Foreign-Policy Questions Divert Bush Speech President Bush tried to devote his news conference at the White House on Wednesday to domestic issues, but he soon found that reporters had foreign-policy questions on their minds — many focusing on Iraq or Iran.
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Foreign-Policy Questions Divert Bush Speech

Hear NPR's David Greene

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  • <iframe src="" width="100%" height="290" frameborder="0" scrolling="no" title="NPR embedded audio player">
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From NPR News, this is ALL THINGS CONSIDERED. I'm Michele Norris.


And I'm Melissa Block.

It's not easy being President Bush these days, even White House news conferences are hard to control. The president tried to lecture reporters today on the failures of Democrats in Congress, only to have the reporters grill him about relations with China, Turkey, Russia and Iran, and about torture.

NPR's David Greene reports.

DAVID GREENE: The president opened by pointing out that Democrats have been in charge of Congress for nine months.

President GEORGE W. BUSH: Little time left in the year and Congress has little to show for all the time that has gone by.

GREENE: And after several minutes of similar remarks, he opened the floor.

Pres. BUSH: And now, I look forward to taking some of your questions, believe it or not.

(Soundbite of laughter)

GREENE: The questions went quickly to other topics, like why Mr. Bush decided to attend a Congressional Gold Medal ceremony today honoring the Dalai Lama. China's government sees Tibet's spiritual leader as a threat to its sovereignty and Beijing was angry that Mr. Bush went to the event.

Pres. BUSH: I like going to the Gold Medal ceremonies. I think it's a good thing for the president to do, to recognize those who the Congress has honored.

GREENE: The president also said he saw a principle at stake.

Pres. BUSH: I have consistently told the Chinese that religious freedom is in their nation's interest.

GREENE: But on another matter of principle, Mr. Bush had a different take. He said Congress should not pass a resolution labeling Turkey's killing of Armenians during World War I as genocide. That debate in Washington has angered Turkey and Mr. Bush said it's not worth provoking an important U.S. ally.

At one point, the president called on Richard Wolffe from Newsweek magazine. There've long been questions about whether U.S. interrogators torture terrorism suspects. Wolffe kept his question brief.

Mr. RICHARD WOLFFE (Reporter, Newsweek): Thank you, sir. A simple question.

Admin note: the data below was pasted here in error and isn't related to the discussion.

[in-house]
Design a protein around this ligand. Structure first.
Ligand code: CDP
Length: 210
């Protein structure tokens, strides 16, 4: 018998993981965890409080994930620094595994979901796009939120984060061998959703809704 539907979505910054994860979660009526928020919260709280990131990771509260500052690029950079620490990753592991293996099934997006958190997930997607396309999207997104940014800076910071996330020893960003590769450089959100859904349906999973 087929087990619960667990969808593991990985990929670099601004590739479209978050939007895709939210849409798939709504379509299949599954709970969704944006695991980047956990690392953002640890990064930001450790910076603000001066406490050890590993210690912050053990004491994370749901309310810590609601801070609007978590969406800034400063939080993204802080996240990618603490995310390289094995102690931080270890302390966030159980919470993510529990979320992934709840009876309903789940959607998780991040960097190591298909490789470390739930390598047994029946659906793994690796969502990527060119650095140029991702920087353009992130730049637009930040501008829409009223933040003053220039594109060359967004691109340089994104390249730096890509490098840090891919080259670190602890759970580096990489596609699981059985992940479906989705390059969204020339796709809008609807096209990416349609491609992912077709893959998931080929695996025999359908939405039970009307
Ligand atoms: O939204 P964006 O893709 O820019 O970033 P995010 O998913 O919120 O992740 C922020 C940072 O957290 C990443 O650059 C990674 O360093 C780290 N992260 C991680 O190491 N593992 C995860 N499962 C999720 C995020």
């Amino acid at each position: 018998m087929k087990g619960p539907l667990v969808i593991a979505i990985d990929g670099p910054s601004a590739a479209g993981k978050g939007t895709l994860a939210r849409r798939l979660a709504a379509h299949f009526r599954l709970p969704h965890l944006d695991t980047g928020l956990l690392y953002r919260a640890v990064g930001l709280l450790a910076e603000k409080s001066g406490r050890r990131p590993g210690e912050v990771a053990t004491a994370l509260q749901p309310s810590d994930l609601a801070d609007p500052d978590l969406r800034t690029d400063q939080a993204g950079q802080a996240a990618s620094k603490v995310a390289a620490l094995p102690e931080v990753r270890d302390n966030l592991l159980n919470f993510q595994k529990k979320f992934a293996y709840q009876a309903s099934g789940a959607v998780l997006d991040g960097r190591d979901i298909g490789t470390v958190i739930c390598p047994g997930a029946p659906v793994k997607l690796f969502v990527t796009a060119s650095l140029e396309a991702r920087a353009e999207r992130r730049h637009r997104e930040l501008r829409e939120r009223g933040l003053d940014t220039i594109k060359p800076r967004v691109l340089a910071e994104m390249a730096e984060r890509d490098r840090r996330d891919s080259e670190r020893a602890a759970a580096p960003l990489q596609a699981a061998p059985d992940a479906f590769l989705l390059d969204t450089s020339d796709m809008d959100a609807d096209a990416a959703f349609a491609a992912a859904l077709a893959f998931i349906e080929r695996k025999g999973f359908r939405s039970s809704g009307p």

Pres. BUSH: Yes.

Mr. WOLFFE: What's your definition of…

Pres. BUSH: Yes. It might require a simple answer.

Mr. WOLFFE: What's your definition of the word torture?

Pres. BUSH: Of what?

Mr. WOLFFE: The word torture. What's your definition?

Pres. BUSH: It is - that's defined in U.S. law, and we don't torture.

Mr. WOLFFE: Can you give me your version of it, sir?

Pres. BUSH: Yeah. Whatever the law says.

GREENE: There were also a lot of questions today about Russian President Vladimir Putin, who visited Iran this week despite U.S. efforts to isolate that country. Mr. Bush said he wasn't bothered by photos of Putin and Iranian president Mahmoud Ahmadinejad together and smiling.

Pres. BUSH: Generally, leaders don't like to be photographed scowling at each other or, you know, making bad gestures at each other. So I'm not surprised that there is, you know, a nice picture of them walking along. You know, I try to make sure that when I'm with foreign leaders, there's a pretty picture of the two of us walking down, you know, the colonnades or something like that, to send a good message.

GREENE: One message, though, did seem to concern the president. Putin said he's not so sure Iran is trying to build a nuclear bomb. Mr. Bush said he's eager to get Putin on the phone because he sees things differently.

Pres. BUSH: We got a leader in Iran who has announced that he wants to destroy Israel. So I've told people that if you're interested in avoiding World War III, it seems like you ought to be interested in preventing them from having the knowledge necessary to make a nuclear weapon.

GREENE: From Russia, there have been reports that Putin might hold onto power after his second term as president is over, perhaps by becoming prime minister. Mr. Bush said he's not in the loop about that.

Pres. BUSH: I have no idea what he's going to do. I asked him, when I saw him in Australia, I tried to, you know, get it out of him, who's going to be his successor, what he intends to do, and he was wily. He wouldn't tip his hand.

GREENE: As for the idea of holding power longer than a constitution allows, Mr. Bush joked that he's thought of doing that himself, but will instead return to Texas. Until then, however, he can still wheel the veto pen.

Pres. BUSH: That's one way to ensure that I am relevant. That's one way to ensure that I am in the process and I intend to use the veto.

GREENE: And Congress has yet to override a veto by President Bush.

David Greene, NPR News, the White House.

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